First Academic Workshop in Yemen discusses the "Revolution" of 2011Saturday, 15 June, 2013
In an academic workshop organized by the Yemen Polling Center (YPC) at its offices on June 15th 2013, eight researchers from various academic backgrounds discussed social science theories and methods applicable to studying the upheavals of 2011 and the subsequent transition process. This workshop, which is the first of this kind in Yemen, is part of a wider project entitled ‘Framing the Yemeni Revolution.’It is funded by the German Volkswagen Foundation and which is co-implemented by the Institute of Oriental and Asian Studies at the University of Bonn (Germany) and the Yemen Polling Center. The project aims at documenting and analyzing a central moment in Yemen’s history at the moment it is taking place and thus to contribute to writing—as Timothy Garton Ash (e.g. 1999) did for the Europe of the 1990s—a ‘history of the present’.
At the workshop, one researcher from Germany and eight researchers from Yemen discussed various theories and methods they were applying to studying the events and processes since 2011. The meeting was opened by Hafez Albukari, President of YPC, who welcomed the participants and introduced the Center to them. Abdulsalam al-Rubaidi, the organizer of the workshop and editor-in-chief at YPC, then presented the joint project to the participants as well as the project website ‘Voices of the Revolution: A History of the Present’, which is intended to serve as both an information hub for researchers as well as a virtual museum of the revolution and the transition process. It will be launched before the end of June.
Starting the academic presentations, project head Marie-Christine Heinze from the University of Bonn gave an introduction to social movement theory and frame analysis, giving examples of how these approaches can help us understand the mobilizing strategies of the various political actors in Yemen. Following her, Kamal Haydara from the Department of Political Science at the University of Sanaa applied the concept of ‘political opportunity structures’ to discuss the strategies of the Houthi Movement in increasing their influence on the popular protests two years ago. His colleague from the same department, Saleem al-Jalal, applied the same approach to the Southern Movement’s strategies during 2011. Abdallah Bakhash from the College of Mass Communication at Sanaa University next investigated media reports on the performance of the reconciliation government and their impact on public opinion in the light of the ‘spiral of silence’ approach to investigating public opinion.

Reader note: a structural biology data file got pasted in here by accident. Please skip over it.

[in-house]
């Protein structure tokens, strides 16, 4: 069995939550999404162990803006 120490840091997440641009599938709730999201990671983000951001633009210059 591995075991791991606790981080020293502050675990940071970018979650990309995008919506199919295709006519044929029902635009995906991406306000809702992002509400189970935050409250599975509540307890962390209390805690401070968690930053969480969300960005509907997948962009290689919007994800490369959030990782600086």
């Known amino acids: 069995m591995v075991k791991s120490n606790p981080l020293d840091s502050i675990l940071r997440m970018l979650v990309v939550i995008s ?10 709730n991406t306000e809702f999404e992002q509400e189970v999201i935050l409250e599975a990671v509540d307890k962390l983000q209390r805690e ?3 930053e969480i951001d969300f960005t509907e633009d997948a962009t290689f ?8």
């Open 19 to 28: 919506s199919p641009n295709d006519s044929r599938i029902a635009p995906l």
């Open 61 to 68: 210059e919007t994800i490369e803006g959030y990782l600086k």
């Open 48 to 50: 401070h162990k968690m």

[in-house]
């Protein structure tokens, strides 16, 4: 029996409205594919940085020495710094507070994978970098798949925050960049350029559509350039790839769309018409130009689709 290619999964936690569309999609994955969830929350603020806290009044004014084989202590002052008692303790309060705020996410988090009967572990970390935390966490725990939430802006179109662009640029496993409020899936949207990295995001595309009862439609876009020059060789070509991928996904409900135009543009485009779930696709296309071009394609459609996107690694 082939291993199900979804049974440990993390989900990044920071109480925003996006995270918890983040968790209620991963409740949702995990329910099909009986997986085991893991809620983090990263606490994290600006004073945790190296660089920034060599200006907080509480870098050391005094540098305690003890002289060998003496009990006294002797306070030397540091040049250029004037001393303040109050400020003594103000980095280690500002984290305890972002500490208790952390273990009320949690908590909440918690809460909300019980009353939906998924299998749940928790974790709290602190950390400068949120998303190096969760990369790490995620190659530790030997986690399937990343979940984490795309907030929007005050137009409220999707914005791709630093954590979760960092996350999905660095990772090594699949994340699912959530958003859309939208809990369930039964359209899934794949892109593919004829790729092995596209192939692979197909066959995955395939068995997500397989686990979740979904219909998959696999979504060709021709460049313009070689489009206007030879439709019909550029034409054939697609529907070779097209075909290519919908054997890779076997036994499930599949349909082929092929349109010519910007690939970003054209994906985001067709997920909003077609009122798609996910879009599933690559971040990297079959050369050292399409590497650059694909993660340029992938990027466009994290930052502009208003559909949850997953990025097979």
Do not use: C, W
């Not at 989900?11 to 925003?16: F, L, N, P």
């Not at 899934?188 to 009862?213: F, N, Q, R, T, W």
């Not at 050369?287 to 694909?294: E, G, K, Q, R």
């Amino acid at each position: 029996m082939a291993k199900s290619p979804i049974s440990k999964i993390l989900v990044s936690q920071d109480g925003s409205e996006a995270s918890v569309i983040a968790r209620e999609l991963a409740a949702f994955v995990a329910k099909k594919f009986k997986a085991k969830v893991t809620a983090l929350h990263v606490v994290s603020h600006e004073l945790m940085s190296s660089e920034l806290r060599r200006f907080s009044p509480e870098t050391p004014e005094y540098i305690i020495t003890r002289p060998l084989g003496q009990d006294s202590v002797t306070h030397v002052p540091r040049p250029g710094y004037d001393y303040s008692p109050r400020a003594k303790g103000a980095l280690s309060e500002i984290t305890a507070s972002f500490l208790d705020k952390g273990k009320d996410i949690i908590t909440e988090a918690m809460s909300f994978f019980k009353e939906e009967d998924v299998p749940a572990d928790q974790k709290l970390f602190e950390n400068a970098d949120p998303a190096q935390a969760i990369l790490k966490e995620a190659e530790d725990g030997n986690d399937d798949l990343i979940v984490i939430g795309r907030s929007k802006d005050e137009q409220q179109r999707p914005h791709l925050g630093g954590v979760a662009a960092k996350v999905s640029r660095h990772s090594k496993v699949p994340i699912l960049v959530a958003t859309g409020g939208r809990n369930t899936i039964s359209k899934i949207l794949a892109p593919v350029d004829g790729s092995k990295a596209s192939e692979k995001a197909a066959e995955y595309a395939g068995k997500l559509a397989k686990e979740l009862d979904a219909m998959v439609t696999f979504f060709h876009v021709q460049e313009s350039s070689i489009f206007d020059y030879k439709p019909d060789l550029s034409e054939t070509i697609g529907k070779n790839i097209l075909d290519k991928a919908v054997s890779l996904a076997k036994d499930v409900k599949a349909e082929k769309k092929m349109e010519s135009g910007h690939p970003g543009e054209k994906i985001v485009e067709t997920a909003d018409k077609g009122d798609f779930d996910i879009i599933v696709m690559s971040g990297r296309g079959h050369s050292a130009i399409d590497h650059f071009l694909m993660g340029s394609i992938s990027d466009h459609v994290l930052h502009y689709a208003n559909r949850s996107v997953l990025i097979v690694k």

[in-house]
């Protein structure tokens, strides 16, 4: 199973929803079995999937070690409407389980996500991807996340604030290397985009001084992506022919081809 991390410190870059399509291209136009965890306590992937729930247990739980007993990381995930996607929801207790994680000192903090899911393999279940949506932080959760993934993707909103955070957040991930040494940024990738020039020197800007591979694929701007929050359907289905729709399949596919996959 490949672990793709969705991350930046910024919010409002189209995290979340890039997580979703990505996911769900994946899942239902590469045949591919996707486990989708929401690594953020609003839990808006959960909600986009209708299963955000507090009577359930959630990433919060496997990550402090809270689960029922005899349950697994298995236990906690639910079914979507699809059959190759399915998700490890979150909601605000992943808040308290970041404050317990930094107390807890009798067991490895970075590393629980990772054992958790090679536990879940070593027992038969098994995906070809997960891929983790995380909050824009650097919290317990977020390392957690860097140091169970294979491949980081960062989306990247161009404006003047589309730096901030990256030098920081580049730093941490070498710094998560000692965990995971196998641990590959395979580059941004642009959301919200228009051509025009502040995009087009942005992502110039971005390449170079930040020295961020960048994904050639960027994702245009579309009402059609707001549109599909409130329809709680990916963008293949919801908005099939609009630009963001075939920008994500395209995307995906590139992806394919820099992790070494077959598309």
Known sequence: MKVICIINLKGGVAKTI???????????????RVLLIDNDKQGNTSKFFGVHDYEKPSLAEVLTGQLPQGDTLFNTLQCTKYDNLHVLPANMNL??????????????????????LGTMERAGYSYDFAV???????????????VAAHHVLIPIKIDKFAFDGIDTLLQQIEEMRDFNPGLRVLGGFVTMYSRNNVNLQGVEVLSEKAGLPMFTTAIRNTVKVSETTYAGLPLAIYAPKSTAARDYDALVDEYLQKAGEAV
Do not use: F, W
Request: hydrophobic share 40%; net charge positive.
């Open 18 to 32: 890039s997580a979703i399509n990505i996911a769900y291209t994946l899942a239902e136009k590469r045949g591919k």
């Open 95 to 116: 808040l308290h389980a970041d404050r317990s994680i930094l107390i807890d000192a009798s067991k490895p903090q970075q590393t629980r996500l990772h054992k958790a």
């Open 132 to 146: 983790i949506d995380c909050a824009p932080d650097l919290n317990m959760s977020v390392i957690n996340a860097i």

After a short break, the workshop resumed with the discussion of a paper presented by Abdalkareem Ghanim of the Sociology Department at Sanaa University on various sociological methods in studying the revolution in Yemen. His colleague from the same department, Abdallah al-Sana‘ani, also addressed sociological approaches to studying the revolution, focusing particularly on theories of conflict. Latifa al-Dhafiri of the Department of Political Science of Sanaa University looked at the Hizb al-Islah as a case study of contentious politics. Murad al-‘Izani from the English Department at Sanaa University then shed light on political speeches made by Ali Abdallah Salih during 2011 applying discourse analysis to his statements. The same methodology was applied by Abdulsalam al-Rubaidi, not only a member of YPC’s staff but also a doctoral student at the Department of Arabic Language and Literature at the University of Sanaa, who used it to analyze four religious statements of Islamic scholars of various backgrounds (Zaydi, Sufi, Salafi, and from the Muslim Brotherhood) made during 2011 and 2012.
All papers were discussed critically by the workshop participants in an atmosphere of trust as well as of mutual cooperation and support. Their refined and extended versions will be published in an edited volume in Arabic language by the beginning of next year.
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